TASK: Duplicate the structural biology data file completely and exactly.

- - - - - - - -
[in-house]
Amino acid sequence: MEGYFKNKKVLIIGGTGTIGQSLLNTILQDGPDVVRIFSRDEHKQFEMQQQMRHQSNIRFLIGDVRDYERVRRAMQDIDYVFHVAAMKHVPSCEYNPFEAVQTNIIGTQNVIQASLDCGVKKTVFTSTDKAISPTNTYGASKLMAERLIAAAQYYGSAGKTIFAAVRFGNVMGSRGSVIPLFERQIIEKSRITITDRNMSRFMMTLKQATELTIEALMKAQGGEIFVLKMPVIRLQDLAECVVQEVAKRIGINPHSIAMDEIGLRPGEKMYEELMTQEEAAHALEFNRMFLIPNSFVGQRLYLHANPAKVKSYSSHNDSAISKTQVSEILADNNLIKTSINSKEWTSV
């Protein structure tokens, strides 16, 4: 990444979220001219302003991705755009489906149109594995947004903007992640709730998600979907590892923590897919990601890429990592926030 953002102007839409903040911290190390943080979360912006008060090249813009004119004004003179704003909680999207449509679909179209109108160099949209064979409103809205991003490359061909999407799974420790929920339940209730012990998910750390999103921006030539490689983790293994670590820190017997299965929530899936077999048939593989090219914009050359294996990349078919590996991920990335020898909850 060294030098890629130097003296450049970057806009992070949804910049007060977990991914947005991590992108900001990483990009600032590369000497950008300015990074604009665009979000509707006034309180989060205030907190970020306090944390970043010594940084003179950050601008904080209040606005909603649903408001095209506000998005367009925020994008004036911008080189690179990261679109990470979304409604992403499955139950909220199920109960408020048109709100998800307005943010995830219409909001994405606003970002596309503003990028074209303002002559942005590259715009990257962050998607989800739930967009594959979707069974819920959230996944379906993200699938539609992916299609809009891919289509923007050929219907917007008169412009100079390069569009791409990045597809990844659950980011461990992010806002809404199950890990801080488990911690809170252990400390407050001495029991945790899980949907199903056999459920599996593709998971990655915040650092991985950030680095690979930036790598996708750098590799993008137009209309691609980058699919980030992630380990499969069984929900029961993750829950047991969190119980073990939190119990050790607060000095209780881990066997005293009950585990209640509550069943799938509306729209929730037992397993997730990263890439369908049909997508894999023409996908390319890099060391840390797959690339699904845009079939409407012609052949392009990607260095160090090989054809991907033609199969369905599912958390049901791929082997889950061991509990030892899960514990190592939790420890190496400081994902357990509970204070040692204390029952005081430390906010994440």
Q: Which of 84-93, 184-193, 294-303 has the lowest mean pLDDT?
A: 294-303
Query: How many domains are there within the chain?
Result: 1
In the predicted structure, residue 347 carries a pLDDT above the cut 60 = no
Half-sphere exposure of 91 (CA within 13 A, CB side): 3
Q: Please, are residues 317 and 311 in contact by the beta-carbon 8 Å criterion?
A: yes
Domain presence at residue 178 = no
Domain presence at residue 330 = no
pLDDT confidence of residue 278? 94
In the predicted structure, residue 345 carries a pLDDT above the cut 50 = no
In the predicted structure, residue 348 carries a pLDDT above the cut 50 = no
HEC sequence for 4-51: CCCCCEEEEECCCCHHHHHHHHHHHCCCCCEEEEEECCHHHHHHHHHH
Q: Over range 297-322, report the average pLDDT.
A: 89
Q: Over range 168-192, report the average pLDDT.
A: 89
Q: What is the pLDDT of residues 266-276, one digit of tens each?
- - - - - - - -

[in-house]
Amino acid sequence: MEGYFKNKKVLIIGGTGTIGQSLLNTILQDGPDVVRIFSRDEHKQFEMQQQMRHQSNIRFLIGDVRDYERVRRAMQDIDYVFHVAAMKHVPSCEYNPFEAVQTNIIGTQNVIQASLDCGVKKTVFTSTDKAISPTNTYGASKLMAERLIAAAQYYGSAGKTIFAAVRFGNVMGSRGSVIPLFERQIIEKSRITITDRNMSRFMMTLKQATELTIEALMKAQGGEIFVLKMPVIRLQDLAECVVQEVAKRIGINPHSIAMDEIGLRPGEKMYEELMTQEEAAHALEFNRMFLIPNSFVGQRLYLHANPAKVKSYSSHNDSAISKTQVSEILADNNLIKTSINSKEWTSV
């Protein structure tokens, strides 16, 4: 990444979220001219302003991705755009489906149109594995947004903007992640709730998600979907590892923590897919990601890429990592926030 953002102007839409903040911290190390943080979360912006008060090249813009004119004004003179704003909680999207449509679909179209109108160099949209064979409103809205991003490359061909999407799974420790929920339940209730012990998910750390999103921006030539490689983790293994670590820190017997299965929530899936077999048939593989090219914009050359294996990349078919590996991920990335020898909850 060294030098890629130097003296450049970057806009992070949804910049007060977990991914947005991590992108900001990483990009600032590369000497950008300015990074604009665009979000509707006034309180989060205030907190970020306090944390970043010594940084003179950050601008904080209040606005909603649903408001095209506000998005367009925020994008004036911008080189690179990261679109990470979304409604992403499955139950909220199920109960408020048109709100998800307005943010995830219409909001994405606003970002596309503003990028074209303002002559942005590259715009990257962050998607989800739930967009594959979707069974819920959230996944379906993200699938539609992916299609809009891919289509923007050929219907917007008169412009100079390069569009791409990045597809990844659950980011461990992010806002809404199950890990801080488990911690809170252990400390407050001495029991945790899980949907199903056999459920599996593709998971990655915040650092991985950030680095690979930036790598996708750098590799993008137009209309691609980058699919980030992630380990499969069984929900029961993750829950047991969190119980073990939190119990050790607060000095209780881990066997005293009950585990209640509550069943799938509306729209929730037992397993997730990263890439369908049909997508894999023409996908390319890099060391840390797959690339699904845009079939409407012609052949392009990607260095160090090989054809991907033609199969369905599912958390049901791929082997889950061991509990030892899960514990190592939790420890190496400081994902357990509970204070040692204390029952005081430390906010994440």
Q: Which of 84-93, 184-193, 294-303 has the lowest mean pLDDT?
A: 294-303
Query: How many domains are there within the chain?
Result: 1
In the predicted structure, residue 347 carries a pLDDT above the cut 60 = no
Half-sphere exposure of 91 (CA within 13 A, CB side): 3
Q: Please, are residues 317 and 311 in contact by the beta-carbon 8 Å criterion?
A: yes
Domain presence at residue 178 = no
Domain presence at residue 330 = no
pLDDT confidence of residue 278? 94
In the predicted structure, residue 345 carries a pLDDT above the cut 50 = no
In the predicted structure, residue 348 carries a pLDDT above the cut 50 = no
HEC sequence for 4-51: CCCCCEEEEECCCCHHHHHHHHHHHCCCCCEEEEEECCHHHHHHHHHH
Q: Over range 297-322, report the average pLDDT.
A: 89
Q: Over range 168-192, report the average pLDDT.
A: 89
Q: What is the pLDDT of residues 266-276, one digit of tens each?